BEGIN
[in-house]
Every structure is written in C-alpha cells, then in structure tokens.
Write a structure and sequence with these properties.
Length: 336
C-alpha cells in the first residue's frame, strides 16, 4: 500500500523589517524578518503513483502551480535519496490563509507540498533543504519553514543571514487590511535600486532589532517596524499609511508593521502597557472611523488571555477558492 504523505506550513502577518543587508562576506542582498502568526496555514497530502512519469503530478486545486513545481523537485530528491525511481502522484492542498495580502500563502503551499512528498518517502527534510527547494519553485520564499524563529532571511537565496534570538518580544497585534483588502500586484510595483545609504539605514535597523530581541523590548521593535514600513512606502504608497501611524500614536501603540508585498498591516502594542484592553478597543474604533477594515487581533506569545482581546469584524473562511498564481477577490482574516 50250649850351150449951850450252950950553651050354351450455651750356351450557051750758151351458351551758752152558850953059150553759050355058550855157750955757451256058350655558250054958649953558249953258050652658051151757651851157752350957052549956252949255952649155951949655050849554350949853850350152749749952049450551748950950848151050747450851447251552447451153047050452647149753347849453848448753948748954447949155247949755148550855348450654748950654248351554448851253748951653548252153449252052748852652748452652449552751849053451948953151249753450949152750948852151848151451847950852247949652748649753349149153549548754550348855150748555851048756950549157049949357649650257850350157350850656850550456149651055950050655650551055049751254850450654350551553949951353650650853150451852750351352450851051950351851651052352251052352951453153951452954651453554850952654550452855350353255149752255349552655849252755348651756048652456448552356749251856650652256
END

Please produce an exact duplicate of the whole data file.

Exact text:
[in-house]
Every structure is written in C-alpha cells, then in structure tokens.
Write a structure and sequence with these properties.
Length: 336
C-alpha cells in the first residue's frame, strides 16, 4: 500500500523589517524578518503513483502551480535519496490563509507540498533543504519553514543571514487590511535600486532589532517596524499609511508593521502597557472611523488571555477558492 504523505506550513502577518543587508562576506542582498502568526496555514497530502512519469503530478486545486513545481523537485530528491525511481502522484492542498495580502500563502503551499512528498518517502527534510527547494519553485520564499524563529532571511537565496534570538518580544497585534483588502500586484510595483545609504539605514535597523530581541523590548521593535514600513512606502504608497501611524500614536501603540508585498498591516502594542484592553478597543474604533477594515487581533506569545482581546469584524473562511498564481477577490482574516 50250649850351150449951850450252950950553651050354351450455651750356351450557051750758151351458351551758752152558850953059150553759050355058550855157750955757451256058350655558250054958649953558249953258050652658051151757651851157752350957052549956252949255952649155951949655050849554350949853850350152749749952049450551748950950848151050747450851447251552447451153047050452647149753347849453848448753948748954447949155247949755148550855348450654748950654248351554448851253748951653548252153449252052748852652748452652449552751849053451948953151249753450949152750948852151848151451847950852247949652748649753349149153549548754550348855150748555851048756950549157049949357649650257850350157350850656850550456149651055950050655650551055049751254850450654350551553949951353650650853150451852750351352450851051950351851651052352251052352951453153951452954651453554850952654550452855350353255149752255349552655849252755348651756048652456448552356749251856650652256